The following discussion and analysis of our financial condition and result of operations should be read in conjunction with our audited consolidated financial statements and the notes to those financial statements appearing elsewhere in this Form 10-K. This discussion contains forward-looking statements and involves numerous risks and uncertainties contained in this report and the other reports we file with the Securities and Exchange Commission. Our actual results may differ materially from those contained in any forward-looking statements.

 

Overview

 

From its inception, the Company has not generated substantial revenue from its medical device and new drug development. For the year ended December 31, 2021, the Company generated $483,045 in revenue, mainly from the sale of Contract Development & Manufacturing Organization (“CDMO”) services.

 

Business  Overview

 

ABVC BioPharma Inc., which was incorporated in July 2015 in the State of Delaware, is a clinical stage biopharmaceutical company focused on development of new drugs and medical devices, all of which are derived from plants.

 

Medicines derived from plants have a long history of relieving or preventing many diseases and, typically, have exhibited fewer side effects than drugs developed from animals or chemical ingredients. Perhaps the most famous example is aspirin, which evolved from a compound found in the bark and leaves of the willow tree and was later marketed by Bayer starting in 1899. Aspirin has very few serious side effects and has proven to be one of the most successful drugs in medical history. Some 50 years later, scientists identified anticancer compounds in the rosy periwinkle, which Eli Lilly subsequently produced for the treatment of leukemia and Hodgkins disease. Other well-known examples of successful botanical drugs include the cancer-fighting Taxol, isolated from the Pacific yew tree. 

 

The Company develops its pipeline by carefully tracking new medical discoveries or medical device technologies in research institutions in the Asia-Pacific region. Pre-clinical, disease animal model and Phase I safety studies are examined closely by the Company’s scientists and other specialists known to the Company to identify drugs that it believes demonstrate efficacy and safety based on the Company’s internal qualifications. Once a drug is shown to be a good candidate for further development and ultimately commercialization, BriVision licenses the drug or medical device from the original researchers and begins to introduce the drugs clinical plan to highly respected principal investigators in the United States, Australia and Taiwan. In almost all cases, we have found that research institutions in each of those countries are eager to work with the Company to move forward with Phase II clinical trials.

 

Currently, institutions conducting phase II clinical trials in partnership with ABVC include:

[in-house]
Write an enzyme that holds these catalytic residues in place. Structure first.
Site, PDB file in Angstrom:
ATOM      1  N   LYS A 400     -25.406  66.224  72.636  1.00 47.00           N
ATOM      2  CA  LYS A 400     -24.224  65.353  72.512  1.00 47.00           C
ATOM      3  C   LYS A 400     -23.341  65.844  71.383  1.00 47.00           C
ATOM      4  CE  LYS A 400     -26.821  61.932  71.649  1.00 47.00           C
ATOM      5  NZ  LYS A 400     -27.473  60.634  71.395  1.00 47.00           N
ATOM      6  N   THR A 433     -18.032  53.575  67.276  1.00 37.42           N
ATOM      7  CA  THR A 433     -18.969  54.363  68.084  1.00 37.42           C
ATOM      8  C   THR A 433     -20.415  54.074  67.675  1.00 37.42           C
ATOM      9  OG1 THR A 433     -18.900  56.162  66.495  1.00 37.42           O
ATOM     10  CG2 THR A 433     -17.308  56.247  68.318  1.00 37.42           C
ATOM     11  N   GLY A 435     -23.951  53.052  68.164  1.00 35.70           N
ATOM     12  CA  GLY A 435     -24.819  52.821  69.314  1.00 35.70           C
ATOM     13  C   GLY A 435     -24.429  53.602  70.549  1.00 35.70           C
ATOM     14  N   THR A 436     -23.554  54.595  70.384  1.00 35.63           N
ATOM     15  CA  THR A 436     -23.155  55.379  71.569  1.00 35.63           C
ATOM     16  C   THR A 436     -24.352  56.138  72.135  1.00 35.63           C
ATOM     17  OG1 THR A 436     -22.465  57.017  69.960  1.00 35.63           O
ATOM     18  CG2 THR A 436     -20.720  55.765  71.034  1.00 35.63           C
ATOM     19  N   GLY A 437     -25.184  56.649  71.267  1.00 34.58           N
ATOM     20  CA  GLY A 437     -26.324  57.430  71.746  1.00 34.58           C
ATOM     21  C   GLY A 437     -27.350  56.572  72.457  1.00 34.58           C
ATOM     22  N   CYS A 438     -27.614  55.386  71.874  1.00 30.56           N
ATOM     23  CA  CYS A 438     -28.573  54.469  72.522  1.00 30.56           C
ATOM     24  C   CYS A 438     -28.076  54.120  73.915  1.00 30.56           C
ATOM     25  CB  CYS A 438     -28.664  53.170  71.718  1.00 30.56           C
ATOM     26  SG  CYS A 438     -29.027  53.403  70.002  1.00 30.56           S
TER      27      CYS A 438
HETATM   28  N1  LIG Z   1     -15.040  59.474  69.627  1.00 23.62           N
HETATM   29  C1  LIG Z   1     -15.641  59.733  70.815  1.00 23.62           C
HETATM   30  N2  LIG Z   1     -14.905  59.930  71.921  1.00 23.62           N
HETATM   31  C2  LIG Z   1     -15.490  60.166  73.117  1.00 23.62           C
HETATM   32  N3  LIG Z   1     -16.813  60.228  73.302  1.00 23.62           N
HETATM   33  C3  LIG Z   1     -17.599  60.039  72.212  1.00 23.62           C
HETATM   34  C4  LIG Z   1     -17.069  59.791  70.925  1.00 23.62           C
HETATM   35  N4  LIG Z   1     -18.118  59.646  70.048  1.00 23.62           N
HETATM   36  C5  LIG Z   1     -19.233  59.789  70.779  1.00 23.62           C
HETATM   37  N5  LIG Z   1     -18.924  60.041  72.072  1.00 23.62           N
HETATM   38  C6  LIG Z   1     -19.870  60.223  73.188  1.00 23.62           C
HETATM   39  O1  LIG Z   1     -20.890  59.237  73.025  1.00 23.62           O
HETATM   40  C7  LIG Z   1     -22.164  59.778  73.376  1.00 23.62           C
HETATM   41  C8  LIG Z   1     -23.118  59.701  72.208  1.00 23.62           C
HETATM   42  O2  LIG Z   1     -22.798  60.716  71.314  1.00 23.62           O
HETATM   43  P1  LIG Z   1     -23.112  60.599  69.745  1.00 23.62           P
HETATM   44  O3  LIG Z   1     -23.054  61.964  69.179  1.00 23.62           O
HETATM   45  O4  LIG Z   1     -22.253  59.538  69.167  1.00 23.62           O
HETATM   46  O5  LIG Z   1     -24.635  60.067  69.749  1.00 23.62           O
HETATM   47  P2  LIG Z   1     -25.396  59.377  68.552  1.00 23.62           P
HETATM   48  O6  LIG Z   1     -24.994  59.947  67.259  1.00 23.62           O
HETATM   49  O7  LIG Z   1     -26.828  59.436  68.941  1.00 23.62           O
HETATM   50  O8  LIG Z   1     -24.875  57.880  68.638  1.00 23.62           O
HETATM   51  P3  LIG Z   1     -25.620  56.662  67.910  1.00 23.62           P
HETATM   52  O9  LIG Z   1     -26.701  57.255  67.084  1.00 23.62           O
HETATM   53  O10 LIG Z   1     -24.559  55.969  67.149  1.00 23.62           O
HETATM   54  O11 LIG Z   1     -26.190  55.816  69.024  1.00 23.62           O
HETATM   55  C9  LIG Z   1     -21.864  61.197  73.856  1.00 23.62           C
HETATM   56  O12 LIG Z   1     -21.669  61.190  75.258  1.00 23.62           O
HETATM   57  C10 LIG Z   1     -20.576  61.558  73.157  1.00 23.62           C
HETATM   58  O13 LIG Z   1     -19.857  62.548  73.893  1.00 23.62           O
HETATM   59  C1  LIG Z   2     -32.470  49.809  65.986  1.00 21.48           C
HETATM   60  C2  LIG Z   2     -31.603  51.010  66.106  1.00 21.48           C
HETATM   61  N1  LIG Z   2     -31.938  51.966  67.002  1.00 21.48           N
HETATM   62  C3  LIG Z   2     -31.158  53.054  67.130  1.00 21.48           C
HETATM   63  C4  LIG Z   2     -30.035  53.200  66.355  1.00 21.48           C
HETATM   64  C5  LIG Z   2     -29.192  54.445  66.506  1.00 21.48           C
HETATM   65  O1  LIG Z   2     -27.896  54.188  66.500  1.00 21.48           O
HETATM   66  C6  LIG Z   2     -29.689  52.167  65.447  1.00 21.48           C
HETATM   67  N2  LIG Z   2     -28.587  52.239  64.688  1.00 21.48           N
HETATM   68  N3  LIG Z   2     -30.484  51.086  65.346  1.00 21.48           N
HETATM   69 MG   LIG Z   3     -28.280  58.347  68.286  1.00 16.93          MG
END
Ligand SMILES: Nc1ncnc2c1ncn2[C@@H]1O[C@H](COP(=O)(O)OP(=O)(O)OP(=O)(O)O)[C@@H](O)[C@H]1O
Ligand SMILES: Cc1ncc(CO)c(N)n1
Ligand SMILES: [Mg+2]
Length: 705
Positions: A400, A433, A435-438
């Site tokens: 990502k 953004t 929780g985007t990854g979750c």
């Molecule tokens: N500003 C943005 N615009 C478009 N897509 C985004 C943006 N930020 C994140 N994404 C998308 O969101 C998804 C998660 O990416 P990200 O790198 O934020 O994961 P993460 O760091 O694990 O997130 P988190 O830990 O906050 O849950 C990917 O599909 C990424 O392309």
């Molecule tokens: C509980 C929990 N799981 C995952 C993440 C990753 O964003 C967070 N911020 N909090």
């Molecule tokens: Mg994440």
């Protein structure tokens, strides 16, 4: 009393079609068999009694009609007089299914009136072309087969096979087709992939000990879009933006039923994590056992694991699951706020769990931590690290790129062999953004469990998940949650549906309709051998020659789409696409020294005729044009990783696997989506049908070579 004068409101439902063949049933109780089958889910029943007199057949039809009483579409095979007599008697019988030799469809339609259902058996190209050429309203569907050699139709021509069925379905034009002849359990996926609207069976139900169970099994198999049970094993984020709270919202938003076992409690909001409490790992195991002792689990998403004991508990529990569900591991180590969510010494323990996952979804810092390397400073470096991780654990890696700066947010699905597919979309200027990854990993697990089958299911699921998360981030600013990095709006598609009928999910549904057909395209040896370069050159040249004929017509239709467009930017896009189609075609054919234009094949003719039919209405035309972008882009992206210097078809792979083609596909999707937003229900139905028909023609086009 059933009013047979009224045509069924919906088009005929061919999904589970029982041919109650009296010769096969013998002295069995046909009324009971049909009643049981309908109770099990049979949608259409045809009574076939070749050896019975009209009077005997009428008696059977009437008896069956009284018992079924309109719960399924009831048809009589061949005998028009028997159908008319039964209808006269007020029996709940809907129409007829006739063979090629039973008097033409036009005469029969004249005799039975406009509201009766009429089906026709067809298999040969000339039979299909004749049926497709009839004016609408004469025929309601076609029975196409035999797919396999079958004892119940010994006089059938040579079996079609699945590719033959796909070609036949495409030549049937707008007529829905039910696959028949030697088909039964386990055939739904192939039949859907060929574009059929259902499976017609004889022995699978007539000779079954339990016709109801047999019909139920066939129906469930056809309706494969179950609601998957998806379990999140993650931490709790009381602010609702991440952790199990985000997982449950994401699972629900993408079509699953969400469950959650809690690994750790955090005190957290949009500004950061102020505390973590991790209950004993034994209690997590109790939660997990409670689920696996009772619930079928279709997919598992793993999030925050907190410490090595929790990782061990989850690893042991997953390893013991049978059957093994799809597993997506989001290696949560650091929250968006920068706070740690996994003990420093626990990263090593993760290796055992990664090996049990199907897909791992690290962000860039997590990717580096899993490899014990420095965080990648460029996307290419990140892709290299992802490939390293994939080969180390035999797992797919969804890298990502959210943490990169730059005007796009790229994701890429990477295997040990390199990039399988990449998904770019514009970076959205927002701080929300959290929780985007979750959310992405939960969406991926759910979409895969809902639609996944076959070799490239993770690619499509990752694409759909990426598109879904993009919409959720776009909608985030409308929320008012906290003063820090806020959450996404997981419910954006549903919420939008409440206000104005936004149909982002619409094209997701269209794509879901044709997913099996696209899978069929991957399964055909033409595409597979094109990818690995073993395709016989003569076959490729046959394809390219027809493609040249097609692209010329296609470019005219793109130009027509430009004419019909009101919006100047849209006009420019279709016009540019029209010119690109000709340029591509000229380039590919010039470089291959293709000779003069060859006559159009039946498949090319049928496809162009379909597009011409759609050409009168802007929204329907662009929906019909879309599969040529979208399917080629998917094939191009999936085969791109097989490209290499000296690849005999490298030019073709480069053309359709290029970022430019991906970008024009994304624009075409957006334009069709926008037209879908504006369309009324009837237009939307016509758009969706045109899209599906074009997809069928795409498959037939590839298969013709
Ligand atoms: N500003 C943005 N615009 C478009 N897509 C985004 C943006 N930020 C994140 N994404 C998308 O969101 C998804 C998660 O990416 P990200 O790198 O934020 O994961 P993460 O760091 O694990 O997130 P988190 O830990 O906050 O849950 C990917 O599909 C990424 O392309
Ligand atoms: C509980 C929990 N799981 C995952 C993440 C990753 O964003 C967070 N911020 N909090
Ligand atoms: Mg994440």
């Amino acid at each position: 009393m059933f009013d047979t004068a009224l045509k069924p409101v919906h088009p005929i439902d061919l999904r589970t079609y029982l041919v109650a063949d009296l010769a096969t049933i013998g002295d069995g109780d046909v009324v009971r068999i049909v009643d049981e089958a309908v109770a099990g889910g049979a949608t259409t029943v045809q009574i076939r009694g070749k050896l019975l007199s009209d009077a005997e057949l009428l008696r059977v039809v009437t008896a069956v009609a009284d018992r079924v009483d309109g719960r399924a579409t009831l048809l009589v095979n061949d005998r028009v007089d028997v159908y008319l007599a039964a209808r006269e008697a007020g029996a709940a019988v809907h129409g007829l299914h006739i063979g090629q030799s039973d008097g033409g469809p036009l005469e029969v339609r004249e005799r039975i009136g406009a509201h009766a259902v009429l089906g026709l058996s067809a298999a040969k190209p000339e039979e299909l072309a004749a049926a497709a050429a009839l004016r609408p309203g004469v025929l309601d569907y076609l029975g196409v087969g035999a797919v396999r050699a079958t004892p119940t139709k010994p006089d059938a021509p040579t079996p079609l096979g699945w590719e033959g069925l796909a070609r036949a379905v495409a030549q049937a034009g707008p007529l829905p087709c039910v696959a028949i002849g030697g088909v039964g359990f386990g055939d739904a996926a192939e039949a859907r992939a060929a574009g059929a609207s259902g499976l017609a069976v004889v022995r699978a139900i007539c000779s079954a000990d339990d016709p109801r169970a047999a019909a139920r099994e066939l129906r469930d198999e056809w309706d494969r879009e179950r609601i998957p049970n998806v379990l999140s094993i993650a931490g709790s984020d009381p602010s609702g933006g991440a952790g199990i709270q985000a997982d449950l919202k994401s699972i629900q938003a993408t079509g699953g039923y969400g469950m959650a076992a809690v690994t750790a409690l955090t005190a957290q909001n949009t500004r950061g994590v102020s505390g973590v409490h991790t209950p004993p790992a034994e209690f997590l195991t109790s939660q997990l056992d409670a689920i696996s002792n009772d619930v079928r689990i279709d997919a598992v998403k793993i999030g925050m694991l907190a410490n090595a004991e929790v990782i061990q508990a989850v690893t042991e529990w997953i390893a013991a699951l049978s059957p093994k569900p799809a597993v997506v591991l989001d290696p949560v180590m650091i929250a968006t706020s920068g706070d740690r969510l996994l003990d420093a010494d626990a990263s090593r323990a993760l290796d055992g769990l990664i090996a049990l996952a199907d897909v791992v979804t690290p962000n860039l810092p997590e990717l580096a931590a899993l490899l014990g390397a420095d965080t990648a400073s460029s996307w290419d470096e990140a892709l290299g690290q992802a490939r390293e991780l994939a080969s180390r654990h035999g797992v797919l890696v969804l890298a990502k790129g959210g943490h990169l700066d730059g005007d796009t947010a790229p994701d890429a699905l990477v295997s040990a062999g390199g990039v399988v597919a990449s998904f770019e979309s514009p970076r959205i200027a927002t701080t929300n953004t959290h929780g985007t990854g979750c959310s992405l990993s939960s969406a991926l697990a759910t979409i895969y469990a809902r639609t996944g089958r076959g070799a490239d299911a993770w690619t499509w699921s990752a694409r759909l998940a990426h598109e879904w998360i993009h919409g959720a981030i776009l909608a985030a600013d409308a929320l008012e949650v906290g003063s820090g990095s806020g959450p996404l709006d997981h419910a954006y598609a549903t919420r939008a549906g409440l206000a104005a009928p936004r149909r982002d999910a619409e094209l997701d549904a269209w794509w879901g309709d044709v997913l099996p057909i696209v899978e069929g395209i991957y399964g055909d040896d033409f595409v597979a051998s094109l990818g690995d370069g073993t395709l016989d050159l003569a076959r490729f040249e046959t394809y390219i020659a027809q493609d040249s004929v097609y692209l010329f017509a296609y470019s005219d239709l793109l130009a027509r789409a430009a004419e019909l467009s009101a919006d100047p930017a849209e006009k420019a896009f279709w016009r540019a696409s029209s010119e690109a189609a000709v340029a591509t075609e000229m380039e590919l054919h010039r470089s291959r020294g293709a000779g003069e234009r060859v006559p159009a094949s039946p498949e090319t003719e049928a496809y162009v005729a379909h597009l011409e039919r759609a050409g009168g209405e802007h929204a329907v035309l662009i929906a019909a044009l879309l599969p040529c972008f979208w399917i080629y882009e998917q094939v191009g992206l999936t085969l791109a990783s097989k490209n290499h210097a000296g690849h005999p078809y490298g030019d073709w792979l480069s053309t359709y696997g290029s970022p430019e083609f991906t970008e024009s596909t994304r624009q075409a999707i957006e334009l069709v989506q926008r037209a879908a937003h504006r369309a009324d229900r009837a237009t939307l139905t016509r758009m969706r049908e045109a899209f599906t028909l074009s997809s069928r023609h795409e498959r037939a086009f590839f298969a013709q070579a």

Medical Device: ABV-1701, Vitargus® in vitrectomy surgery, Pivotal Study in Australia, Principal Investigator: Andrew Chang, MD, Ph.D., Sydney Eye Hospital, Australia

 

  Drug: ABV-1504, Major Depressive Disorder (MDD), Phase II, NCE drug Principal Investigators: Charles DeBattista M.D. and Alan F. Schatzberg, MD, Stanford University Medical Center, Cheng-Ta Li, MD, Ph.D – Taipei Veterans General Hospital

 

  Drug: ABV-1505, Adult Attention-Deficit Hyperactivity Disorder (ADHD), Phase II, NCE drug Principal Investigators: Keith McBurnett, Ph.D. and Linda Pfiffner, Ph.D., University of California San Francisco (UCSF), School of Medicine

 

  Drug: ABV-1601, Major Depression in Cancer Patients, Phase I/II, NCE drug Principal Investigator: Scott Irwin, MD, Ph.D. – Cedars Sinai Medical Center (CSMC)

 

  Drug: ABV-1703, Advanced Inoperable or Metastatic Pancreatic Cancer, Phase II, NCE drug Principal Investigator: Andrew E. Hendifar, MD – Cedars Sinai Medical Center (CSMC)

 

  Drug: ABV-1501, A Phase I/II, Open Label Study to Evaluate the Safety and Efficacy of BLEX 404 Oral Liquid Combined with Docetaxel Monotherapy in Patients with Stage IV or Recurrent Breast Cancer Patients

 

  Medical Device: ABV-2002, Class I/II through 510K for market launch, Corneal Storage Media, Technology Licensing in progress

 

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Upon successful completion of the Phase II trial, the Company will seek a partner – a large pharmaceutical company – to complete a Phase III study, submit the New Drug Application (NDA), and commercialize the drug upon approval by the FDA and Taiwan FDAs. The Company expects to seek its first commercialization partner in 2021 for Vitargus, its vitreous substitute that helps to maintain a round shape and retinal location during vitrectomy surgery.

 

Another part of the Company’s business is conducted by BioKey, a wholly owned subsidiary, that is engaged in a wide range of services, including, API characterization, pre-formulation studies, formulation development, analytical method development, stability studies, IND/NDA/ANDA/510K submissions, and manufacturing clinical trial materials (phase I through phase III) and commercial manufacturing.